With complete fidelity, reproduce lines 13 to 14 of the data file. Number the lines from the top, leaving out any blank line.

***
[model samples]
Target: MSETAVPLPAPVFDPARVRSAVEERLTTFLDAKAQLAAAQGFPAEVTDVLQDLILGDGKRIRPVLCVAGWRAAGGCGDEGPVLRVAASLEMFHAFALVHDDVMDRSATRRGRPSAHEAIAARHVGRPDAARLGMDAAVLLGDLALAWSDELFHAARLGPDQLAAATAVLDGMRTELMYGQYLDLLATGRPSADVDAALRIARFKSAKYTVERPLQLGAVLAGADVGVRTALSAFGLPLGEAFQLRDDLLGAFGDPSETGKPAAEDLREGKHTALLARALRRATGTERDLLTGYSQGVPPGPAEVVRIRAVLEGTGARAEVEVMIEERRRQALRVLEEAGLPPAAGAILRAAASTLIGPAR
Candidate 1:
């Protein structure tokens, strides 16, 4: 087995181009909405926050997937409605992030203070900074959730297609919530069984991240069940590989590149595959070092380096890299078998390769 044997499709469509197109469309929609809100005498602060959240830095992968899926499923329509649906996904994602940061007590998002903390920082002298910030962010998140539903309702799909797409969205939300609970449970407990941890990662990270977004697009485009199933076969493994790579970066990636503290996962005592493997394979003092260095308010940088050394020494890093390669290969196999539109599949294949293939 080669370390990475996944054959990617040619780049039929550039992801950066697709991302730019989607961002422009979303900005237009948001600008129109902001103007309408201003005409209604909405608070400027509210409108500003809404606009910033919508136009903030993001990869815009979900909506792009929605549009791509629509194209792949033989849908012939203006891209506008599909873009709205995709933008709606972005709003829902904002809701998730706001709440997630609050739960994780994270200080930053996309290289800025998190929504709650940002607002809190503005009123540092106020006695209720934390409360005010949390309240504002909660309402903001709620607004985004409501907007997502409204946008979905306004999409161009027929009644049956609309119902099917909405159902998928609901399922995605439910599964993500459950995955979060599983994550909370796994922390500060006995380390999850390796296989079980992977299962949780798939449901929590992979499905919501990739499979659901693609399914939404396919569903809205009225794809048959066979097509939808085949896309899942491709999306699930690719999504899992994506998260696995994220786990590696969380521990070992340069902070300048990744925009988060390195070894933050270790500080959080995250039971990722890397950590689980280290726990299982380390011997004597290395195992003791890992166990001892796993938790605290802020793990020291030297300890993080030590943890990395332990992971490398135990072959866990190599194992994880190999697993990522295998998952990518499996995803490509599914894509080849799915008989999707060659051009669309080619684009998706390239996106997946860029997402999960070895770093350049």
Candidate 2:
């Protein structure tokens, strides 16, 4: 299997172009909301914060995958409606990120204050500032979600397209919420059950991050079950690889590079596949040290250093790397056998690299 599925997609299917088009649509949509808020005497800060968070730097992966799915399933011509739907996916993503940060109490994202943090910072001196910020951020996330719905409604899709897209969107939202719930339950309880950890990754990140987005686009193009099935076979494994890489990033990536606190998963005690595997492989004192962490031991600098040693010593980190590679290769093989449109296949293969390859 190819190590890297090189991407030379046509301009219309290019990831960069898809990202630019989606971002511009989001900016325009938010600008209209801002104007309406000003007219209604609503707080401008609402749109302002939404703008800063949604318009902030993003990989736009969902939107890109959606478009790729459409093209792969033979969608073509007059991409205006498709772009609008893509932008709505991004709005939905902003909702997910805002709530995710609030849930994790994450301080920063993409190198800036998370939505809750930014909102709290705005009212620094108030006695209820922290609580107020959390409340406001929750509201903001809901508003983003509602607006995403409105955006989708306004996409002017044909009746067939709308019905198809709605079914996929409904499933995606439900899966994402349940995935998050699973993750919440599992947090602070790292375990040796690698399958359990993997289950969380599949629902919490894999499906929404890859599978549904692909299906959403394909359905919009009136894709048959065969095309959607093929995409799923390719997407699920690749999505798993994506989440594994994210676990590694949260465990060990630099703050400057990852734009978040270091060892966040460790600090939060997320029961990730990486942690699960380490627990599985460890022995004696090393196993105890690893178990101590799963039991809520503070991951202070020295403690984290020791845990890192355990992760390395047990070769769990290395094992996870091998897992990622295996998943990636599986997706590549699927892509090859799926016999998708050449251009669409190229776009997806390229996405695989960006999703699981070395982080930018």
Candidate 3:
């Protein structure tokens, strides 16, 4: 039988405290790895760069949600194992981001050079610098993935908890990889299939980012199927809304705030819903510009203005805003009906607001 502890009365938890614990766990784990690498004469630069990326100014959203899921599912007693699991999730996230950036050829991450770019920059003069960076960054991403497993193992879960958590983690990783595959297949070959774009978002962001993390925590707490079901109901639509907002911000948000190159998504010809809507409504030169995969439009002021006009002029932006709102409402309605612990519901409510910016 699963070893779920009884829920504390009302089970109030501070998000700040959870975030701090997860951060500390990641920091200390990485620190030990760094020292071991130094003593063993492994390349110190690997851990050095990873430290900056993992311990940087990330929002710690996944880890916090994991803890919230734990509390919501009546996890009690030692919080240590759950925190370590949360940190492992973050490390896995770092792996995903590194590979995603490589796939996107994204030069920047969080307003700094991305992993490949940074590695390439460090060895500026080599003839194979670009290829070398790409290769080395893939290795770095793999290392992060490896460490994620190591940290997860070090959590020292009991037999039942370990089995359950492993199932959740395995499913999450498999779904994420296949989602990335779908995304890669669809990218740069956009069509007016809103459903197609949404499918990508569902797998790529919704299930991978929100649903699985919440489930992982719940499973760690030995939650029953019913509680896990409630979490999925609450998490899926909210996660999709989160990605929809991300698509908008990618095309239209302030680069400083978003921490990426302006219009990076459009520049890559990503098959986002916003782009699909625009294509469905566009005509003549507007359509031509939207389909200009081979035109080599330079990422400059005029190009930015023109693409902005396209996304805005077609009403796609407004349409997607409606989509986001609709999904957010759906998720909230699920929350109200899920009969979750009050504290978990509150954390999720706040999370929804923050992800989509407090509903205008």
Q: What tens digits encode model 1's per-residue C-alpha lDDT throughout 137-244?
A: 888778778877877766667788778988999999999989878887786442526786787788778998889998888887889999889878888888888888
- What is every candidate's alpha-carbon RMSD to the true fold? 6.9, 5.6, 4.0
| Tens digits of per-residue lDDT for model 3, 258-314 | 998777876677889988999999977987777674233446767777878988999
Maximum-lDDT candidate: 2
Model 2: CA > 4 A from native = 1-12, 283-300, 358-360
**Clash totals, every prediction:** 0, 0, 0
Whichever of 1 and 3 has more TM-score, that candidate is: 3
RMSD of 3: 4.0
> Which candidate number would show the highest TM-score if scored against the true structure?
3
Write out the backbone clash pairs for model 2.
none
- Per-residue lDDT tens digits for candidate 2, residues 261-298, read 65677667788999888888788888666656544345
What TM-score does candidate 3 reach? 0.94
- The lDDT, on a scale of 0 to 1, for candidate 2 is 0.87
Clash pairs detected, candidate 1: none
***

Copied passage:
Maximum-lDDT candidate: 2
Model 2: CA > 4 A from native = 1-12, 283-300, 358-360